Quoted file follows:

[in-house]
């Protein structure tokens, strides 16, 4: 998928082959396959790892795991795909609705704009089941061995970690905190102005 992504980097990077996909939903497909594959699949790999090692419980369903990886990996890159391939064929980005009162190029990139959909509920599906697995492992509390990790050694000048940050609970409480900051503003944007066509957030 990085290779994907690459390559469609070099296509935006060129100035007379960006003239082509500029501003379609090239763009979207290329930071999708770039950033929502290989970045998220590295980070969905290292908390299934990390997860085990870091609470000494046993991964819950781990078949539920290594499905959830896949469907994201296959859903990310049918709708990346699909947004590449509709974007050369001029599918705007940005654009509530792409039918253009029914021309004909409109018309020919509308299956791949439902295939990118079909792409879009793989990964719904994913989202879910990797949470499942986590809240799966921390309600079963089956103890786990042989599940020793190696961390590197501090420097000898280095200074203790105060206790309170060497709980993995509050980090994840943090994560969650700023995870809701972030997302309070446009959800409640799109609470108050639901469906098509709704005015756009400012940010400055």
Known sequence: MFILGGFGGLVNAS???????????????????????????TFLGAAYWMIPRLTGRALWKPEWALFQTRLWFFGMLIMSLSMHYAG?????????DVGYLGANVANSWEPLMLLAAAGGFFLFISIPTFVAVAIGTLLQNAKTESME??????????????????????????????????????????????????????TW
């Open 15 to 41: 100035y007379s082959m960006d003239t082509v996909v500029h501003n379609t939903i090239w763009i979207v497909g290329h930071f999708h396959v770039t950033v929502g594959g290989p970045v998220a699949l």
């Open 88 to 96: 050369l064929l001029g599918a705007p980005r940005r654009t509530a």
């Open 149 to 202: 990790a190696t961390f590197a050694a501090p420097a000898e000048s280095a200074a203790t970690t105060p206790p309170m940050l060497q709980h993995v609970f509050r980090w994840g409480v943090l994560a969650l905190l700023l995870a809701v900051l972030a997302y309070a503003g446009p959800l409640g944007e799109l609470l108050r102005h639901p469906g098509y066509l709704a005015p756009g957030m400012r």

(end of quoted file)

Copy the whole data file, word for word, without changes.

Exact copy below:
[in-house]
């Protein structure tokens, strides 16, 4: 998928082959396959790892795991795909609705704009089941061995970690905190102005 992504980097990077996909939903497909594959699949790999090692419980369903990886990996890159391939064929980005009162190029990139959909509920599906697995492992509390990790050694000048940050609970409480900051503003944007066509957030 990085290779994907690459390559469609070099296509935006060129100035007379960006003239082509500029501003379609090239763009979207290329930071999708770039950033929502290989970045998220590295980070969905290292908390299934990390997860085990870091609470000494046993991964819950781990078949539920290594499905959830896949469907994201296959859903990310049918709708990346699909947004590449509709974007050369001029599918705007940005654009509530792409039918253009029914021309004909409109018309020919509308299956791949439902295939990118079909792409879009793989990964719904994913989202879910990797949470499942986590809240799966921390309600079963089956103890786990042989599940020793190696961390590197501090420097000898280095200074203790105060206790309170060497709980993995509050980090994840943090994560969650700023995870809701972030997302309070446009959800409640799109609470108050639901469906098509709704005015756009400012940010400055």
Known sequence: MFILGGFGGLVNAS???????????????????????????TFLGAAYWMIPRLTGRALWKPEWALFQTRLWFFGMLIMSLSMHYAG?????????DVGYLGANVANSWEPLMLLAAAGGFFLFISIPTFVAVAIGTLLQNAKTESME??????????????????????????????????????????????????????TW
């Open 15 to 41: 100035y007379s082959m960006d003239t082509v996909v500029h501003n379609t939903i090239w763009i979207v497909g290329h930071f999708h396959v770039t950033v929502g594959g290989p970045v998220a699949l």
């Open 88 to 96: 050369l064929l001029g599918a705007p980005r940005r654009t509530a």
């Open 149 to 202: 990790a190696t961390f590197a050694a501090p420097a000898e000048s280095a200074a203790t970690t105060p206790p309170m940050l060497q709980h993995v609970f509050r980090w994840g409480v943090l994560a969650l905190l700023l995870a809701v900051l972030a997302y309070a503003g446009p959800l409640g944007e799109l609470l108050r102005h639901p469906g098509y066509l709704a005015p756009g957030m400012r």